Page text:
4.1 With … bargain 4.2] crossed pencil
Enclosure 4:
1.1 I will … grey. 1.4] crossed pencil
Back of enclosure 5: ‘Nothing’ pencil

CD note:

Rayner (Keeper) regular practice to kill all but 1 bitch & gives both for 1873—

Think with greyhounds as many bitches as dogs kept—as fleeter Capt. Morse with his Deer-Hound ♀ preponderated


Cupples had circulated queries from CD about the numbers of male and females born into and preserved in litters of puppies (see letter from George Cupples, 7 February 1874).
Text in square brackets in this set of enclosures is by George Cupples, except for the Enclosure headings.
William Finch Rayner.
Post Office order.
E. L. Williams has not been identified.
John McLellan Martin.
CD cited Cupples and some of Cupples’s contacts in Descent 1: 288 n. 24, 304, and 305 n. 41, and 2: 261–2, 271–2.
CD cited John Wright for this information in Descent 2d ed., p. 255.
Cupples evidently had CD’s questions copied out and sent them to Wright. The text in square brackets is the text sent by Cupples; the rest was written by Wright.


Descent 2d ed.: The descent of man, and selection in relation to sex. By Charles Darwin. 2d edition. London: John Murray. 1874.

Descent: The descent of man, and selection in relation to sex. By Charles Darwin. 2 vols. London: John Murray. 1871.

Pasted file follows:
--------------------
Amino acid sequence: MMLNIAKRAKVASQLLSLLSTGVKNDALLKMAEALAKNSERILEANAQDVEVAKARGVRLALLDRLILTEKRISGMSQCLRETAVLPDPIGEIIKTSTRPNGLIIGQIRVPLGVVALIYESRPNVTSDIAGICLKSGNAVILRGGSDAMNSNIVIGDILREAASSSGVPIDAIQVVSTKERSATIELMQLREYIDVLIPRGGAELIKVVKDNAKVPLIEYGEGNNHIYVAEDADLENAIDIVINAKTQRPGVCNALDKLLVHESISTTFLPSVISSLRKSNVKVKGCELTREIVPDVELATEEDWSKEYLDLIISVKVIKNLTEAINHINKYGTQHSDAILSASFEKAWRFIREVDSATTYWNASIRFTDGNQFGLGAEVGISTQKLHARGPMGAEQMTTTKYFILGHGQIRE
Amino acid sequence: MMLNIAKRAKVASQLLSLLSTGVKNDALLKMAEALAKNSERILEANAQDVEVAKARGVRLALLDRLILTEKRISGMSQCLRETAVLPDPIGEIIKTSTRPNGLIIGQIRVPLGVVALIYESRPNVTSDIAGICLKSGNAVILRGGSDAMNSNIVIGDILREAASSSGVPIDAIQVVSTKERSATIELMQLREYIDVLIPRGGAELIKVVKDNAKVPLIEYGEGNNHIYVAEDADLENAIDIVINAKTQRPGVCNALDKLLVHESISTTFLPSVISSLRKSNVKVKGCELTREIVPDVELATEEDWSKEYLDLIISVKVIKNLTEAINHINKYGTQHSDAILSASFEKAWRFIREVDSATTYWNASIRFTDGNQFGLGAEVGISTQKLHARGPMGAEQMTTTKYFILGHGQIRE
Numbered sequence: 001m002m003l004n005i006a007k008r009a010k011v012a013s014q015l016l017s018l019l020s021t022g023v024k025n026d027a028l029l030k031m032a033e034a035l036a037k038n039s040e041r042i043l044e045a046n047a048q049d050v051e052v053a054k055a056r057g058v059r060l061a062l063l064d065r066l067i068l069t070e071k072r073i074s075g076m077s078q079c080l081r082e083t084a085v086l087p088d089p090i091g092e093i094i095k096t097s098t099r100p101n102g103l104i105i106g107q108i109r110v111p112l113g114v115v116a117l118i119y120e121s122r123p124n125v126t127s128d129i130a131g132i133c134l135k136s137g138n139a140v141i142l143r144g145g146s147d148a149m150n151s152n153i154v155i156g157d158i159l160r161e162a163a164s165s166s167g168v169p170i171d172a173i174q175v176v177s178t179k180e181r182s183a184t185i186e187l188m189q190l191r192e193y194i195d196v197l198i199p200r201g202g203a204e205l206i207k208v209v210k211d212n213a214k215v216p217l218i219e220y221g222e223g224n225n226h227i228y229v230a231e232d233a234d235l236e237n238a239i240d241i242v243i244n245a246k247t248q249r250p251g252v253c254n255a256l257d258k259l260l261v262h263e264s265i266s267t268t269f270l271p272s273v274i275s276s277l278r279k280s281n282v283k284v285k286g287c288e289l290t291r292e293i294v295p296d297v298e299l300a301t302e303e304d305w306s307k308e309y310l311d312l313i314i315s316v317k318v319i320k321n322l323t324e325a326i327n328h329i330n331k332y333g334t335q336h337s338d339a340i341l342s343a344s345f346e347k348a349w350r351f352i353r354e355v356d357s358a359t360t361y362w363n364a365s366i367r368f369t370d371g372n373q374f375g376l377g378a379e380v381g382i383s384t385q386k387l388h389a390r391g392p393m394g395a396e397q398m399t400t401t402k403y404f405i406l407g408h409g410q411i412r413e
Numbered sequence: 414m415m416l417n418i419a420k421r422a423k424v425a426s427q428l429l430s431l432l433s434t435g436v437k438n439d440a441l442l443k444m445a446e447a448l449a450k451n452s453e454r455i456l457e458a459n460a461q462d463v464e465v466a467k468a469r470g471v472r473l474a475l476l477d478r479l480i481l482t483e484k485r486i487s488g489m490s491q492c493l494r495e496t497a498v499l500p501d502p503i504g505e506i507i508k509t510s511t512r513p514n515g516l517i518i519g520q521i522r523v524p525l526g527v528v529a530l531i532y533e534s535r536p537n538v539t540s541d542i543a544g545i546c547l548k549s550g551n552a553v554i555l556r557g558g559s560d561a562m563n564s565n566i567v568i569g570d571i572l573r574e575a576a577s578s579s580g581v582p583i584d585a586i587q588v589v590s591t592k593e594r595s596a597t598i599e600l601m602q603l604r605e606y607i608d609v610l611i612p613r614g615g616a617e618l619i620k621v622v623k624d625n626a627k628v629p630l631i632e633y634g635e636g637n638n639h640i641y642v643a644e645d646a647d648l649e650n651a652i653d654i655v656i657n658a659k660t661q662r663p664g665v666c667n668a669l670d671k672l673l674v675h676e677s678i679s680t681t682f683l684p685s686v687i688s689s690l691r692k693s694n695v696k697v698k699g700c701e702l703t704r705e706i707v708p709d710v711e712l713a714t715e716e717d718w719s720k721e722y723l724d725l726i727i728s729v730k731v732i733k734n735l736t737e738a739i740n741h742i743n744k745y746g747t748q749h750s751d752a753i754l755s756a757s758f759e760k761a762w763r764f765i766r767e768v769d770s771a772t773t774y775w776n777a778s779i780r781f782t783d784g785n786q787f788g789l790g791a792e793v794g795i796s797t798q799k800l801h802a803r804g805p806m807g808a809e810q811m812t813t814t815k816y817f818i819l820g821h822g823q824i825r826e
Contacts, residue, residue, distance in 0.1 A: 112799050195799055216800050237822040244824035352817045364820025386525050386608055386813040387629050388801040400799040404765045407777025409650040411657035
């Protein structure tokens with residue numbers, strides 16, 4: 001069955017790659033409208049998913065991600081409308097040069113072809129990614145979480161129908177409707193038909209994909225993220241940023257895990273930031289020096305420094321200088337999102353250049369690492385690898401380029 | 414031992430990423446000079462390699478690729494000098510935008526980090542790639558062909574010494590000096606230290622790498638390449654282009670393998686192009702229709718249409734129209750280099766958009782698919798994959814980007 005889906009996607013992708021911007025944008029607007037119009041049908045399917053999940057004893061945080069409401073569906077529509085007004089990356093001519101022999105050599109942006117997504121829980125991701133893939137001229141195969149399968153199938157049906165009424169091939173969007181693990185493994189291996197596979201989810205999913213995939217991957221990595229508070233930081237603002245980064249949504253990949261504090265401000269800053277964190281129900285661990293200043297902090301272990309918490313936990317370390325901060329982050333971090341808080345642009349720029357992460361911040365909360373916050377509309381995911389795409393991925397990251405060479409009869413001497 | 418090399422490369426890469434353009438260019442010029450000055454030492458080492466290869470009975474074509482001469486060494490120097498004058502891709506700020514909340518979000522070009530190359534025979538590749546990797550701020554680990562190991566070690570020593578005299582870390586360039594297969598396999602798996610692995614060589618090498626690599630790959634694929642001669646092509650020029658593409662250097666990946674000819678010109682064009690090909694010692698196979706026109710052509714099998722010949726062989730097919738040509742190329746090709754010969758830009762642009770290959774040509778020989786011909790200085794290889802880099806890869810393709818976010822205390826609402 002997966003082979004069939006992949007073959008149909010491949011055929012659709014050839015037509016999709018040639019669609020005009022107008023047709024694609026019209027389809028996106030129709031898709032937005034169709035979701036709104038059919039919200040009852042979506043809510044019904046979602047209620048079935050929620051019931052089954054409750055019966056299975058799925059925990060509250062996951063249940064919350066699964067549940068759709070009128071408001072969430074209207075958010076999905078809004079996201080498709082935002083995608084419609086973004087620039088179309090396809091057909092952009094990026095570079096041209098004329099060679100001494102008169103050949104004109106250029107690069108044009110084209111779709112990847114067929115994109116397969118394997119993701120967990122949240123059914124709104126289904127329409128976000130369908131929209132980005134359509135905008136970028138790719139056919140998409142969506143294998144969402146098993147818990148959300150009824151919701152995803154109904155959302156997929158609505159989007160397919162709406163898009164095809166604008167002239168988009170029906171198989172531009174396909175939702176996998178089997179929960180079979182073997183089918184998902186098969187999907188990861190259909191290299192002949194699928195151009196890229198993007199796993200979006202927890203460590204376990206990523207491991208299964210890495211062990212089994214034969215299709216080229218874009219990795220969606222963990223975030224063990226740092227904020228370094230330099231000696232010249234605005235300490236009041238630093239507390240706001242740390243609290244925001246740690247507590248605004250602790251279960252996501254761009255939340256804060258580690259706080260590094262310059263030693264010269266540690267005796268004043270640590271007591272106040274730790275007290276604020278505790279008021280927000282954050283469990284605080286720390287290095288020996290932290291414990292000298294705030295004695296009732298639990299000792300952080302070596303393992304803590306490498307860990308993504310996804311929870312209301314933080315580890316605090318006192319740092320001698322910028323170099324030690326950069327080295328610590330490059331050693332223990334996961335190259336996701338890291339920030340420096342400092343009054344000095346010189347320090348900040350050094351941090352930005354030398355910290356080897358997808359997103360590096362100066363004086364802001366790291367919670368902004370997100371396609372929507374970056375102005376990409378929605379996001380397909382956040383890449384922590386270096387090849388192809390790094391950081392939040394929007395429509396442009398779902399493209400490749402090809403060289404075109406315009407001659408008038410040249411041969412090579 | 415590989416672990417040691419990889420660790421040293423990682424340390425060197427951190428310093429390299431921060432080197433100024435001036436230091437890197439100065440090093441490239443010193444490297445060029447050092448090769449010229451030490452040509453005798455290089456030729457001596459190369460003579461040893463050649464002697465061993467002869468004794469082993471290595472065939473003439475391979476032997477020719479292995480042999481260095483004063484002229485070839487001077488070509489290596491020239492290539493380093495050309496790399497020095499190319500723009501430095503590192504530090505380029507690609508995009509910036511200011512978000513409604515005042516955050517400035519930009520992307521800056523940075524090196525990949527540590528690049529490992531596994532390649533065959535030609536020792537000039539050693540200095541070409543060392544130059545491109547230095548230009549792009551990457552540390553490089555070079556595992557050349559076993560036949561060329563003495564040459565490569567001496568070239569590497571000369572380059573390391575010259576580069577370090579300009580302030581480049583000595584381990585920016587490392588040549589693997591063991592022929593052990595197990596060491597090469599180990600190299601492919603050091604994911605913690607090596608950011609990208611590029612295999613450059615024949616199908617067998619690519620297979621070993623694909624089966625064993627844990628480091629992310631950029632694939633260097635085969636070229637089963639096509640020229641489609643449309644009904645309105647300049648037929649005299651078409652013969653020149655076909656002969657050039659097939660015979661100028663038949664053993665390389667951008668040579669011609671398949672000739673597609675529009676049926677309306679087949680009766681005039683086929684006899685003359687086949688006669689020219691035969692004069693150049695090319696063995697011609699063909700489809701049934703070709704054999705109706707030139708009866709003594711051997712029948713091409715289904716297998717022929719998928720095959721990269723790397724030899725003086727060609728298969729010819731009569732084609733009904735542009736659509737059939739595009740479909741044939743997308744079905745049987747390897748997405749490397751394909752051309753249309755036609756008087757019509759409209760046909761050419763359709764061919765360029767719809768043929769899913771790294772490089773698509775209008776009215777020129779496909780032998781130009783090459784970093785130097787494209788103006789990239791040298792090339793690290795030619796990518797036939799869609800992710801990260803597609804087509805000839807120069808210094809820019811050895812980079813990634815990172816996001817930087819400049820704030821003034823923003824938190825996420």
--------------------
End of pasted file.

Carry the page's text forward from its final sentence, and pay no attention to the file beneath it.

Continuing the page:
Answers to queries are being sent.


Enclosure 1: statistics on puppies bred by Rayner in 1873.


Enclosure 2 from W. N. Massey: number of males or females raised depends entirely on preference of greyhound breeders.


Enclosure 3 from E. L. Williams: breeders prefer to destroy bitch pups.


Enclosure 4: Thomas Morse answers CD’s three queries, transmitted by GC: (1) in deerhounds, females predominate, three to one; (2) in all but cattle, females are less worth preserving; (3) TM rears all the young.


Enclosure 5: John Wright responds to CD’s queries about proportion of sexes in births of horses, cattle, and dogs.


Enclosure 6: G. W. Hickman cannot give reliable answers to CD’s queries on proportion of sexes born [in greyhounds?].

Letter details

Letter no.
George Cupples
Charles Robert Darwin
Sent from
Source of text
DAR 90: 91–2, 94–7, 102–13, 117–19; DAR 161: 301
Physical description
2pp, encl 4pp †, CD note, encl 2pp †(by CD), encl 4pp †(by CD), encl 8pp †(by CD), encl 3pp †(by CD), encl 2pp †(by CD)

Please cite as

Darwin Correspondence Project, “Letter no. 9309,” accessed on 1 October 2020,

Also published in The Correspondence of Charles Darwin, vol. 22